You may ask why I even care. The Grammys have always be pointless; why would I even want Arcade Fire to win? Part of me doesn’t (it’s become almost an insult; a scarlet letter).  Then again, the thought of an album off of Merge Records getting a Grammy? That would represent something big, an indie label winning the top award, a sign to  the major labels that there end is near. Artists no longer need radio or MTV to succeed; thanks to YouTube, iTunes, Pandora, internet radio, and a plethora of other technological advances, people finally have the ability to decide what’s good on their own.

But I’m not filled with pure hate here for the Grammys. In fact,  I’d like to see the Grammys become respected like the Academy Awards. When the Oscar’s list of the best films comes out, many rush out to see all the films before the awards. Can you imagine the same happening in response to the Grammys? The Academy Awards ability to build this excitement for their nominees is due to the fact that they don’t nominate films based on popularity; they nominate them simply on content. What a concept.

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Super Bowl Halftime Shows.

Back in the 60s, The Who gained notoriety and fame for their bratty, rebellious song “My Generation”, a tune best known for Roger Daltrey’s howling voice singing, “I hope I die before I get old.” Well, other than Keith Moon, none of the fellas got their wish, a fact that was evident on Sunday as the senior citizens rocked their way through a medley of classic hits.  Despite being old fogies, I thought the elderly gents put on a decent show. With the over-the-top luminescent set attempting to upstage them (pun intended), Daltrey still shimmied his way around the stage on hobbled knees, and Pete Townshend pulled off his signature guitar moves like he did back in the days before the pedo charges (I was disappointed that he didn’t smash his guitar into the halogen stage).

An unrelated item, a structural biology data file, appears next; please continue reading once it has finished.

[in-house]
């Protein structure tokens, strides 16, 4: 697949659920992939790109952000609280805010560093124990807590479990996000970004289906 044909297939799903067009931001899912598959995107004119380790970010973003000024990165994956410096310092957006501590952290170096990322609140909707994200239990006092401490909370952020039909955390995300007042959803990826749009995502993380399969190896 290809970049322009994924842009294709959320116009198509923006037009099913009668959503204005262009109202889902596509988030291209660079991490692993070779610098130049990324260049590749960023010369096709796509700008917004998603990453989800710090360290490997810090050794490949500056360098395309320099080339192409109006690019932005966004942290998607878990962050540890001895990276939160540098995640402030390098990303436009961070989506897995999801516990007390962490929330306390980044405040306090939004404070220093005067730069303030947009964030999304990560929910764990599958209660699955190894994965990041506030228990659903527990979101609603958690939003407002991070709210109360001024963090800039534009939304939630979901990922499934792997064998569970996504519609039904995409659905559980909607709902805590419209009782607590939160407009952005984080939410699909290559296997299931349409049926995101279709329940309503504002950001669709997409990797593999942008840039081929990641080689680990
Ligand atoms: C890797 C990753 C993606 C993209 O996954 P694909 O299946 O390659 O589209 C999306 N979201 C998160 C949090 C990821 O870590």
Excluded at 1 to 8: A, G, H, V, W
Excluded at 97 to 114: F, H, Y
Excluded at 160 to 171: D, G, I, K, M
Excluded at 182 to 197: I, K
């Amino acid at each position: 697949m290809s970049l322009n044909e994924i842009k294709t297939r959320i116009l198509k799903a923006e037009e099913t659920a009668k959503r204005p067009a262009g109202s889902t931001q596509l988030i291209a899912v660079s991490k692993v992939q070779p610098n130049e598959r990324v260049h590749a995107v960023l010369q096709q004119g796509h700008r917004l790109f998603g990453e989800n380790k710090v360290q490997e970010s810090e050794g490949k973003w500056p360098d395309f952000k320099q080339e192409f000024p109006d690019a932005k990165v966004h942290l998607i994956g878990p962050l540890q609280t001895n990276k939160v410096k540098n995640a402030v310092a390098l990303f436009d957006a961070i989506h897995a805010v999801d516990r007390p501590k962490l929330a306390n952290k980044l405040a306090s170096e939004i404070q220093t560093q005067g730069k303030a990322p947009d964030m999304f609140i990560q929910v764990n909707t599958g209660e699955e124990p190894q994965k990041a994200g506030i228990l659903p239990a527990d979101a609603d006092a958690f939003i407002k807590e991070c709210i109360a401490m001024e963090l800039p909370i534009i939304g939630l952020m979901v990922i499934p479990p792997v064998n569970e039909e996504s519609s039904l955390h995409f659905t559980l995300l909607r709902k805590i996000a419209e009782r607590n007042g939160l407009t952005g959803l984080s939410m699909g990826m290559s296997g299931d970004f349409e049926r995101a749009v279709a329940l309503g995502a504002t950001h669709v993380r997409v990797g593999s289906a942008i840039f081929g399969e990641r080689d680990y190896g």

A picture of Pete when the feds were knocking at his door.

Despite putting on what I would deem the best Super Bowl halftime performance since 2002 when U2 brought their spectacular live show to the grid-iron, many bloggers have been panning the NFL’s halftime choice, most of them questioning why they’d choose such an old band.  The day after the performance, those ass clowns at DrudgeReport posted a picture of the band with the  simple caption, “Who?” Unfortunately this lack of knowledge of The Who went beyond conservative douche bags.  My roommate returned from a Super Bowl party that night saying that the women at his shin-dig didn’t recognize any of the songs, except “Won’t Be Fooled Again”, or as they probably titled it “the theme song from CSI”.   They didn’t recognize “Baba O’Riley”? “Pinball Wizard”?  Aren’t these classic rock radio staples?  As far as I’m concerned, anyone who doesn’t have “Who’s Next” on their i-Pod should be burnt at the stake.

"This isn't a question...of who dun it? Rather.. did The Who... do it?"